Monday, 10 March 2008

the scope of learning responsibility: not my concern


In the Big Question for March, Tony Karrer asks the eLearning community What is the Scope of our Responsibility as Learning Professionals?

This question has a big ethical impact and I would love to say: sorry, this is not my responsibility at all!

In order to learn (informal or formal) I believe you need an ethical framework. Helping to build an ethical framework in all of the learners is the responsibility of learning professionals.

My partner is a K12 teacher with a strong belief in interactivity and online possibilities, but... we do not follow the benefits of informal learning to the same extend. My partner always tells me that if you leave all the information just for grabs, learners will only learn to ‘get information’, not to ‘filter information’ on a solid basis.

If learning is to benefit a community, a learner needs to be able to:
- have a set of ethical norms that make the community;
- make an analytical, critical decision in deciding which content is relevant, strengthening the community and significant;
- act as her or his own gate-keeper to their own knowledge.

“Oh please, this is only true for young students, not for grown-up learners!” I hear you think, but I know this is not the case.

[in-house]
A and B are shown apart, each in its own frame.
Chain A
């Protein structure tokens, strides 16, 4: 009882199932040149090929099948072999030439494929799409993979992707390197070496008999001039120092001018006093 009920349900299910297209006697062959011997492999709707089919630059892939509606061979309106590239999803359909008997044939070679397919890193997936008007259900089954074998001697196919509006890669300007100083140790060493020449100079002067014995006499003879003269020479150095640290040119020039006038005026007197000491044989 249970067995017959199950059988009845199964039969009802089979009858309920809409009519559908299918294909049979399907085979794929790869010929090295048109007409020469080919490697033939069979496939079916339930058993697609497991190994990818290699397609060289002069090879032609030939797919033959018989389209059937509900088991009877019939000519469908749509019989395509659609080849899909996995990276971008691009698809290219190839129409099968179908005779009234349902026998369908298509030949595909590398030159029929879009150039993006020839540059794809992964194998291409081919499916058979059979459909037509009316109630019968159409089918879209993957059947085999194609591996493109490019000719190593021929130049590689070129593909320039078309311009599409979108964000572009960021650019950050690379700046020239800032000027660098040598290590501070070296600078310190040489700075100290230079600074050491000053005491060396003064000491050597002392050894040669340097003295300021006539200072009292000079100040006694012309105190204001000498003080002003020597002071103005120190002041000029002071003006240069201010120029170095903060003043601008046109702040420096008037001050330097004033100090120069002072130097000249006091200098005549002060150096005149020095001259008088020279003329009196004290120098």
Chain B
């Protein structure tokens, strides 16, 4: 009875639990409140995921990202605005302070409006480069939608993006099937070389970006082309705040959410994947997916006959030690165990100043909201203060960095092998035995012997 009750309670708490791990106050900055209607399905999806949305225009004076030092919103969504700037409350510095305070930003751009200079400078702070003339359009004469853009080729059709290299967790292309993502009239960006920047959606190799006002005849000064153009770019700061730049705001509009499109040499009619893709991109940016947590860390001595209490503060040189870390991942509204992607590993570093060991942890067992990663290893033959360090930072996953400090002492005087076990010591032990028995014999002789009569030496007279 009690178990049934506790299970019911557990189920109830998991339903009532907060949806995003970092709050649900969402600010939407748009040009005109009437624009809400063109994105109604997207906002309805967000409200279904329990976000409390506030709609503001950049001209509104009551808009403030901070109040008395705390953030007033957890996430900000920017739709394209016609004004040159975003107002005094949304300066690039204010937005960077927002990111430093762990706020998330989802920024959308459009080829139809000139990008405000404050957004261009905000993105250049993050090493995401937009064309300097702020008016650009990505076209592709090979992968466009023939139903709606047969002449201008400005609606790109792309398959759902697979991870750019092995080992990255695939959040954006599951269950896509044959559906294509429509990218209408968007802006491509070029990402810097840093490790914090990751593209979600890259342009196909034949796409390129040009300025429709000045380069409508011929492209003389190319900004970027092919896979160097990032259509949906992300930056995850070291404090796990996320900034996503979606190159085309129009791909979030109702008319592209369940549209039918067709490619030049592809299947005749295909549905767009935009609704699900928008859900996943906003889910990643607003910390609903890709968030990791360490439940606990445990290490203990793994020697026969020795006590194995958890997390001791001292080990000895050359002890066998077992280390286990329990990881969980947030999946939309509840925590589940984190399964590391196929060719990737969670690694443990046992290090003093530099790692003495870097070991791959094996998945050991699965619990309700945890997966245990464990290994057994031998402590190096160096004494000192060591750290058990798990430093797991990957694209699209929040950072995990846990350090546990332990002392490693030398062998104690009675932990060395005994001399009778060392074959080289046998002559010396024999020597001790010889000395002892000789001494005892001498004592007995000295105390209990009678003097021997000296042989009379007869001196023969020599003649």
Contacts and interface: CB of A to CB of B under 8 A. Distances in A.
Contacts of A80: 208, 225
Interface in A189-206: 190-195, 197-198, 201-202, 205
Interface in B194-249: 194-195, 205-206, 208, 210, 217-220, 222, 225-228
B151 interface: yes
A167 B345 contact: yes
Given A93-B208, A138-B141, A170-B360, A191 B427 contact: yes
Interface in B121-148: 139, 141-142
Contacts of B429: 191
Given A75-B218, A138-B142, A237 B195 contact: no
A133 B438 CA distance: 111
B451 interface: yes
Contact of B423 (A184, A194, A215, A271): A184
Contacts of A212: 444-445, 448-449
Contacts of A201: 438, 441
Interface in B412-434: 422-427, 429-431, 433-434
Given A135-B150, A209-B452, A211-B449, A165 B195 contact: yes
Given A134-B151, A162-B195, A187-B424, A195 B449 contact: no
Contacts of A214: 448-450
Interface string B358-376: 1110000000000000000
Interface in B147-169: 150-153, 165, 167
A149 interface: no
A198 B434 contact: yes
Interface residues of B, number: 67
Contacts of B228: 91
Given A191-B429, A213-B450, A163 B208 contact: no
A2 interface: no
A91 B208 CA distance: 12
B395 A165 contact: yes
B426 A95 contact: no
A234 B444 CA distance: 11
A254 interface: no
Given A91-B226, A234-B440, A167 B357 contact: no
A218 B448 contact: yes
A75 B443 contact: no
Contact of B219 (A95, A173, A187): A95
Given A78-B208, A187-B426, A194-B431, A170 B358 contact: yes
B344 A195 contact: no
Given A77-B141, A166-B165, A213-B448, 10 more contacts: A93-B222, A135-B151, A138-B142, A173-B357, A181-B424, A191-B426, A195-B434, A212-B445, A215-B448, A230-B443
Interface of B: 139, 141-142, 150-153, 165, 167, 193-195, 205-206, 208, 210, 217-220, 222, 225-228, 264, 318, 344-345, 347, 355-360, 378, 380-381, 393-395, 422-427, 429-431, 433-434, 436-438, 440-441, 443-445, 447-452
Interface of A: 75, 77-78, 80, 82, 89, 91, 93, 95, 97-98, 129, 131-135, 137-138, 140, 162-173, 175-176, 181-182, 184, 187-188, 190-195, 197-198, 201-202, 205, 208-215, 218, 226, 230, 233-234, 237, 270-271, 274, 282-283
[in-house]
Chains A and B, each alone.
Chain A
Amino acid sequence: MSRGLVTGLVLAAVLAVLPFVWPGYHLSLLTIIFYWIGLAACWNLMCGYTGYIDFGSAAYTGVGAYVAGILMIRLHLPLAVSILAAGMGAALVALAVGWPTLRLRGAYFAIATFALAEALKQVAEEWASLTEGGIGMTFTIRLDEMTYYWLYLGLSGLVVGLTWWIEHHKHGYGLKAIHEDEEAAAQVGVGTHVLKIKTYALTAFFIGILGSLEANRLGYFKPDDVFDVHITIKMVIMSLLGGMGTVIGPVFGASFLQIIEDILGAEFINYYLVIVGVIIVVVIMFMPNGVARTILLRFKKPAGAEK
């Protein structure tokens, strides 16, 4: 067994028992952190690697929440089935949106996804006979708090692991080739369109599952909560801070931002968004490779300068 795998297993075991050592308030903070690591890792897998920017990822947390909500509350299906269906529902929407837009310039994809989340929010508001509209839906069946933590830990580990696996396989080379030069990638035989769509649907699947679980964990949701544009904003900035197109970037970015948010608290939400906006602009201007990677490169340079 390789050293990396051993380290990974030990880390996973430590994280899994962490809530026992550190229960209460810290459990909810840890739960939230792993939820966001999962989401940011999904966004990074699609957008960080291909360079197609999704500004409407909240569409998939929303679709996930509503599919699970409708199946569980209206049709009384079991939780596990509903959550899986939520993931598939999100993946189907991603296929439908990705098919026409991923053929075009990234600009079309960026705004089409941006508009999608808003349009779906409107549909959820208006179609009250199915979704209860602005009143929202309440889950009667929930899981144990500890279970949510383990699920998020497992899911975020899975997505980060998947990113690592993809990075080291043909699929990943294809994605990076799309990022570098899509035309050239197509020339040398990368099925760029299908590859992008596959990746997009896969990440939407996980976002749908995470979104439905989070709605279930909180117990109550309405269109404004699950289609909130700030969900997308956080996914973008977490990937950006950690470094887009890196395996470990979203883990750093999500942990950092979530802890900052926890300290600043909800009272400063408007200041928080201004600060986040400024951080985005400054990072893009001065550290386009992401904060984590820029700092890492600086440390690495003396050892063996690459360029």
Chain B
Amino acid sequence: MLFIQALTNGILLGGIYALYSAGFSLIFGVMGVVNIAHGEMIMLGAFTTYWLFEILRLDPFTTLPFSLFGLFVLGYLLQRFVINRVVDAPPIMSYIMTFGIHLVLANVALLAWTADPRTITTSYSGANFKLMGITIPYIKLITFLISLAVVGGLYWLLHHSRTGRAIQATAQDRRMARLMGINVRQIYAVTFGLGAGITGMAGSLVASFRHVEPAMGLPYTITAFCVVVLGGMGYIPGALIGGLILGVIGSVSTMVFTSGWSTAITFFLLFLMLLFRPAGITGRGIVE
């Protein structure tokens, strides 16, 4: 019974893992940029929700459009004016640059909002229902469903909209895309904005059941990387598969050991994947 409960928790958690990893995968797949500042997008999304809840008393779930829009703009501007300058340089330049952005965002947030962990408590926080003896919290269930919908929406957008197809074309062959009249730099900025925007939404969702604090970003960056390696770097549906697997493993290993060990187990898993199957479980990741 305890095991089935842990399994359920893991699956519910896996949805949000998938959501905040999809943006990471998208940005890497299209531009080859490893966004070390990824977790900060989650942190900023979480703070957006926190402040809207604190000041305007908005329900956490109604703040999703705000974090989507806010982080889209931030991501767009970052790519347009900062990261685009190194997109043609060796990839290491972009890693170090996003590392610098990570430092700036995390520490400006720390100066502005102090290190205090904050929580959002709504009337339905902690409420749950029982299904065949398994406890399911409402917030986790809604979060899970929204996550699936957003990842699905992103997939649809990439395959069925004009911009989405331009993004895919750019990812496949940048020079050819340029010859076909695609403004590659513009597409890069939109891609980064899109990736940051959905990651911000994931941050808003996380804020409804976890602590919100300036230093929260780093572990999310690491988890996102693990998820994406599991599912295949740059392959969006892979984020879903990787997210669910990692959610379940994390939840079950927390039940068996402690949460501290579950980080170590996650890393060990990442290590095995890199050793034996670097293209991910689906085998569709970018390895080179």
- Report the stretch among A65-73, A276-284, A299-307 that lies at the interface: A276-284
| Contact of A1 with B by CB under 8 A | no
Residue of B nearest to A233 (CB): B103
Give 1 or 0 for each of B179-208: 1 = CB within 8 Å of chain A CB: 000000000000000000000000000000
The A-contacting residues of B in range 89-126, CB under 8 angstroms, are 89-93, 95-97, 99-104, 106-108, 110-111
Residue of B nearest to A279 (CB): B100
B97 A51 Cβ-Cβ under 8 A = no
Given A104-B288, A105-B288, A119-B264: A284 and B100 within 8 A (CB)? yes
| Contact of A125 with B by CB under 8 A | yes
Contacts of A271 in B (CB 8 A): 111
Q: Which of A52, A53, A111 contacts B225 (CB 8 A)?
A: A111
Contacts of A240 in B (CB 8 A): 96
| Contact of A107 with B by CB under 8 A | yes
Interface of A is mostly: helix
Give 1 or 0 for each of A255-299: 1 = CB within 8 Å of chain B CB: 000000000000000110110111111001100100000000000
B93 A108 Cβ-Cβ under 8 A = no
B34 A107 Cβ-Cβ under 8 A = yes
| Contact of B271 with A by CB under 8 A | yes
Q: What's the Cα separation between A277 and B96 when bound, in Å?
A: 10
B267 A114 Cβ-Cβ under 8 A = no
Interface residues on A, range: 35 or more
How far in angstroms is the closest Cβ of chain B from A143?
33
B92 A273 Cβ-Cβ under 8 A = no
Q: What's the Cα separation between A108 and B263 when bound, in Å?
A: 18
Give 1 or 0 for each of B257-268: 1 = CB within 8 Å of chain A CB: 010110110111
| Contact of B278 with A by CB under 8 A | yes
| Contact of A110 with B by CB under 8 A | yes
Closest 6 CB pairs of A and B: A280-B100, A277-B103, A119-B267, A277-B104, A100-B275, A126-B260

People with a strong analytical mind figured out how the bombing of Dresden could be done with maximum efficiency (= massive killing). Afterwards many of them felt really bad because they did not know the impact of what they were researching. If learning and research are devoid of ethical impact, it can result in inhuman activities.

In this day and age, the amount of content is ever increasing. If you are a specialist, you cannot avoid but being a long tail learner. Keeping up with all the extra knowledge is impossible and you have to make learning decisions (let me just push you to Kathy Sierra’s view on this )
So the informal learning path will have boundaries, but it is up to the learner to make up these boundaries as she or he goes along. In this Generation C age, being able to fit content into an ethical frame becomes increasingly important because ethics become part of everyones responsibility (just read the book of Daniel Solove )

So, in my opinion any content a learning professional provides must be linked to an ethical framework. Thus learning professionals carry part of the responsibility of learner content, but the learner is responsible for willing to gain a critical, ethical mindset.

Or is this too much philosophy?